Why The Call To Ethics
If They're Man-Made?
I think I am writing to the correct person. In your intro you asked atheists to walk the talk. Why? I don't understand where the morals of humans come from? Why is there such a call to have ethics if they are a man made concept? What is to convince me to live a better life if there isn't something else out there to give me a conscience or a fear of afterlife (or better yet, a hope of afterlife).
If you have time to respond,
From: "Positive Atheism" <email@example.com>
To: "Danielle Greenwell"
Date: Wednesday, April 12, 2000 3:08 AM
For a person to walk the talk is to do what one says and to say what one does, so that keeping secrets in unnecessary. If I say that it is wrong to steal, then I don't steal.
If I don't like being stolen from, then my first order of business is to refrain from stealing from others. For me to steal is for me to say (in a sense) that it's okay for others to steal from me.
This does not require a super-human revelation to understand. Even a dog knows that it is wrong for another dog to try to steal its bone. Are you suggesting that humans are so vastly inferior to dogs that we cannot understand these things without help?
When people tell their children that they should not steal because they might roast in hell after they die, they are acting immorally, not morally. Fear of punishment or prospect for reward are lousy motives for proper behavior. Although societies require a similar motive to back up their laws, this is not morality in any sense. Societies do this out of expediency, not out of morality, and are trying to practice justice with populations, not to convince individuals.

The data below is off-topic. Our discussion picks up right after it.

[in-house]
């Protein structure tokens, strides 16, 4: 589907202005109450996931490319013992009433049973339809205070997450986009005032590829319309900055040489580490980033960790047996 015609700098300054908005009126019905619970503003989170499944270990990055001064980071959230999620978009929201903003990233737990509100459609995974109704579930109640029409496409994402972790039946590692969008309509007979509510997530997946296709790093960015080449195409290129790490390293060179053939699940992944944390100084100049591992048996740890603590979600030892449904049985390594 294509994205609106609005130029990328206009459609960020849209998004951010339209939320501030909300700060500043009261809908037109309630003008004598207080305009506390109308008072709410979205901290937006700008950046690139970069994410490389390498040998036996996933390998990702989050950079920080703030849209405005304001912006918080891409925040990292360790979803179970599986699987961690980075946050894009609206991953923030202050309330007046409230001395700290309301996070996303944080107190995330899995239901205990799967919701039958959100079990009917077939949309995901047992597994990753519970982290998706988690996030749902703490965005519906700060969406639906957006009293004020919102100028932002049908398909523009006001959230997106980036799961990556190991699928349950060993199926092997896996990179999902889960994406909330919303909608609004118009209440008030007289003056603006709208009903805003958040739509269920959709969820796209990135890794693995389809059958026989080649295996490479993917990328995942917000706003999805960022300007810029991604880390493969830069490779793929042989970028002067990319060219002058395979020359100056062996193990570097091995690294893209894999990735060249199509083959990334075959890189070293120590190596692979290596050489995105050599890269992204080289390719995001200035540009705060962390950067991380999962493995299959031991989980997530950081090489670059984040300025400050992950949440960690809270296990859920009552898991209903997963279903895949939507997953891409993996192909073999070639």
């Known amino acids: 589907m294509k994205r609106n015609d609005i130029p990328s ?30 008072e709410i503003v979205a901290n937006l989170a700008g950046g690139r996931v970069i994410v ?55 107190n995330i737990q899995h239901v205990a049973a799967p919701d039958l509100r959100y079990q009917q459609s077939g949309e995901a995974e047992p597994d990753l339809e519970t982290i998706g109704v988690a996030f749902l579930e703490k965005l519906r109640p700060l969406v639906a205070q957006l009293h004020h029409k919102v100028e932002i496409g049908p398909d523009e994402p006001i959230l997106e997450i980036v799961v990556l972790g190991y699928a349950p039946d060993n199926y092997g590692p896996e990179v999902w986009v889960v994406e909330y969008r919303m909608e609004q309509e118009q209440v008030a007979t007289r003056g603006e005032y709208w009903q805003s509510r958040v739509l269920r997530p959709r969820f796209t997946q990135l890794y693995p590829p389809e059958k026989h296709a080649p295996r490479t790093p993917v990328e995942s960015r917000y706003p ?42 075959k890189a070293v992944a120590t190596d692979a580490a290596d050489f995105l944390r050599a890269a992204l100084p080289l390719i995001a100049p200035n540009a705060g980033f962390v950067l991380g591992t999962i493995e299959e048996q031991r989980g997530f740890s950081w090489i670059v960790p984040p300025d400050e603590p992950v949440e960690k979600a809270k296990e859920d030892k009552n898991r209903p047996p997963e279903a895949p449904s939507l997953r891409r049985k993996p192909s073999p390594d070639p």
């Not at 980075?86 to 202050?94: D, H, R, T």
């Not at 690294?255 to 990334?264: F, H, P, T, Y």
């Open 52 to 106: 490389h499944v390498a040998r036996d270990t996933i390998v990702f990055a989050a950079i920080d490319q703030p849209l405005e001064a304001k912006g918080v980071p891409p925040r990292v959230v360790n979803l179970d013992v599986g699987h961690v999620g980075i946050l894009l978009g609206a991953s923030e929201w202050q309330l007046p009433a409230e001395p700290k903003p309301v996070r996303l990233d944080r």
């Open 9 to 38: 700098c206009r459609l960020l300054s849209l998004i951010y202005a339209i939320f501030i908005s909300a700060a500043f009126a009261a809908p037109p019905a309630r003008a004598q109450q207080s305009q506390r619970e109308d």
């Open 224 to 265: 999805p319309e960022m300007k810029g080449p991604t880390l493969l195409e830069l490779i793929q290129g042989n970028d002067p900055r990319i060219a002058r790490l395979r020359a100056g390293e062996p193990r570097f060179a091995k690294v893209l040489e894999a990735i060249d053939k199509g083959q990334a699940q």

Meanwhile, let's assume that we did need supernatural help from a god: which one?
I could go on, but I would like to get some sleep tonight.
So, then, where does this leave us? At minimum, we must use our human thinking capacities either to choose between the various claims for the existence of the various gods -- or to reject all of those claims. In any case, we must use our human reason to come to a decision: it always and inevitably falls back to human reason.
If this is the case, if we must use our human reason to decide which supernatural law to follow (or which one -- if any -- is even true, or which are themselves the products of human reason -- rather, human unreasonableness), then why not simply use our human capabilities to determine for ourselves what we will do and what we will refrain from doing? Why not develop our own personal ethical systems and be responsible for our behavior and our decisions? Why not get together as societies and hammer out agreements as to what is allowed and what is forbidden?
How could it be easier or better or more secure (less risky) for us to decide which god-claims (if any) are true? Is it not better simply to teach ourselves which behavior is right and being responsible for our actions? or better still, teaching ourselves methods for coming up with the best choices?
Finally, the only valid reason to follow an alleged supernatural scheme would be that we could prove that it was supernatural. Nobody claiming the existence of a supernatural revelation can prove that it is supernatural. Every one of them asks us to "rely on faith."
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